Future Momentum: Pushing Limits on Simulation to Maximize Student Preparation
    What's the state of simulation-based education in preparing PT and PTA students for the dynamic, fast-paced arena of acute and critical care physical therapy? How can faculty and clinicians leverage this technology to maximize its potential? Experience lively discussion from an expert panel of acute care physical therapist academic faculty as they debate and challenge our existing evidence base regarding simulation-based education to prepare the next generation of PTs and PTAs. Friday, January 25, 8:00 am–10:00 am.

    Competency-Based Education: Exploring Opportunities for Our Future
    How well do our professional curricula and educational methods prepare our learners to meet current and future needs of patients, communities, and society? Competency-based education (CBE) theories have existed for decades but have only recently been applied to medical education, including the use of competencies, milestones, and entrustable professional activities, with a de-emphasis on the time required to demonstrate competence. This session will center on evaluation of ongoing development of CBE in medicine and its potential application to physical therapy. Friday, January 25, 11:00 am – 1:00 pm.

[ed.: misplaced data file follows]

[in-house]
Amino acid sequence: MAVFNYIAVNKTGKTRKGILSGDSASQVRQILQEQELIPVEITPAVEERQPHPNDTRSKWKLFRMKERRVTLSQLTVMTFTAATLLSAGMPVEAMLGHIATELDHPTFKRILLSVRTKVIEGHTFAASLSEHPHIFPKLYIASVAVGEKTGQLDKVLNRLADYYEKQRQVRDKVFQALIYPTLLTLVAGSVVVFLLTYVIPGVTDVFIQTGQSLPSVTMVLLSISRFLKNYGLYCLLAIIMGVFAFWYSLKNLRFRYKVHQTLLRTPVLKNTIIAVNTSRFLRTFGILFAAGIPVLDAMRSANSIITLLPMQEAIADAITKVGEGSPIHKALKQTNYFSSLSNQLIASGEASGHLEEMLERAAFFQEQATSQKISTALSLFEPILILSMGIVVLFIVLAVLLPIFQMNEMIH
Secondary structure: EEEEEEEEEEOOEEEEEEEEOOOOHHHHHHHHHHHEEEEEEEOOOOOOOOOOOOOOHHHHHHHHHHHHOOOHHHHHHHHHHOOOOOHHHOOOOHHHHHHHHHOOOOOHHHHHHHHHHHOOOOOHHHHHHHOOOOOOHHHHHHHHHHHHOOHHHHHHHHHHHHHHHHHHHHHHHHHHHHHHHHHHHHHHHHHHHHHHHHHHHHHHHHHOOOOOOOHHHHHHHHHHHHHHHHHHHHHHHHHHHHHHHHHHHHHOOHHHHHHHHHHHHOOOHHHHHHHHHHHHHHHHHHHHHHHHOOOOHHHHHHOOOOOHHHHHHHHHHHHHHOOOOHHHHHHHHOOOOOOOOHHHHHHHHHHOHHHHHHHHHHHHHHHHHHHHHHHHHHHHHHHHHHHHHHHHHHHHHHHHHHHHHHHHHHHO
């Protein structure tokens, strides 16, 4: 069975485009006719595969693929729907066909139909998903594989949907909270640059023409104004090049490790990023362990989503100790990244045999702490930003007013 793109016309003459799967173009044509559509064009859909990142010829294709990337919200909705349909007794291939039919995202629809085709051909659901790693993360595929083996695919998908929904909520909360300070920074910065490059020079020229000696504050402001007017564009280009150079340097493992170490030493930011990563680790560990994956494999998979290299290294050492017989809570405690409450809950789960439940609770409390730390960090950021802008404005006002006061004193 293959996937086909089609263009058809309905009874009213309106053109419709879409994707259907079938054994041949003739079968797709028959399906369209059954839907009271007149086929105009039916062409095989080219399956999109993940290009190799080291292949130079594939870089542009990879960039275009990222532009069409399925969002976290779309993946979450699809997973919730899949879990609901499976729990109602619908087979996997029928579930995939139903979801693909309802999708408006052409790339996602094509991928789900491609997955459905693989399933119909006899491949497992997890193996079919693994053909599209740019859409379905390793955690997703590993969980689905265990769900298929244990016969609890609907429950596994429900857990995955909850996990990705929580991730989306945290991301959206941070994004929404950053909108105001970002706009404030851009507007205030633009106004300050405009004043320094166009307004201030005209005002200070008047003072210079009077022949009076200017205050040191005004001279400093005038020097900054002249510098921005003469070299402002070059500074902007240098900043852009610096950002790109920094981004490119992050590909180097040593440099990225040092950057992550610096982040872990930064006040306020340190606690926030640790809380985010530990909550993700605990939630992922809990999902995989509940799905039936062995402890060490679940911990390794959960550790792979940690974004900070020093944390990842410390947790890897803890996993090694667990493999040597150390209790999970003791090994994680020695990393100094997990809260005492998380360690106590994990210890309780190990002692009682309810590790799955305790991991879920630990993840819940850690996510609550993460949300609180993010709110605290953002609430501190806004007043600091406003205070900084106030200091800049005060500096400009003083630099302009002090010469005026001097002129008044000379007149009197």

From Lightly Salted to Seasoned: Implementing Early Professional Development
    The shift from student to PT or PTA can be dramatic for some. What can be done to maintain and even increase engagement in the profession during this critical time? Join panelists involved with the Florida Physical Therapy Association's Early Professional Special-Interest Group (SIG) to discuss their efforts to maintain membership engagement and facilitate the transition from new graduates to early-career professionals and further into association leadership. Thursday, January 24, 3:00 pm–5:00 pm.

    Register for CSM by October 24 to grab early bird discounts and your chance to win a roundtrip ticket to the conference.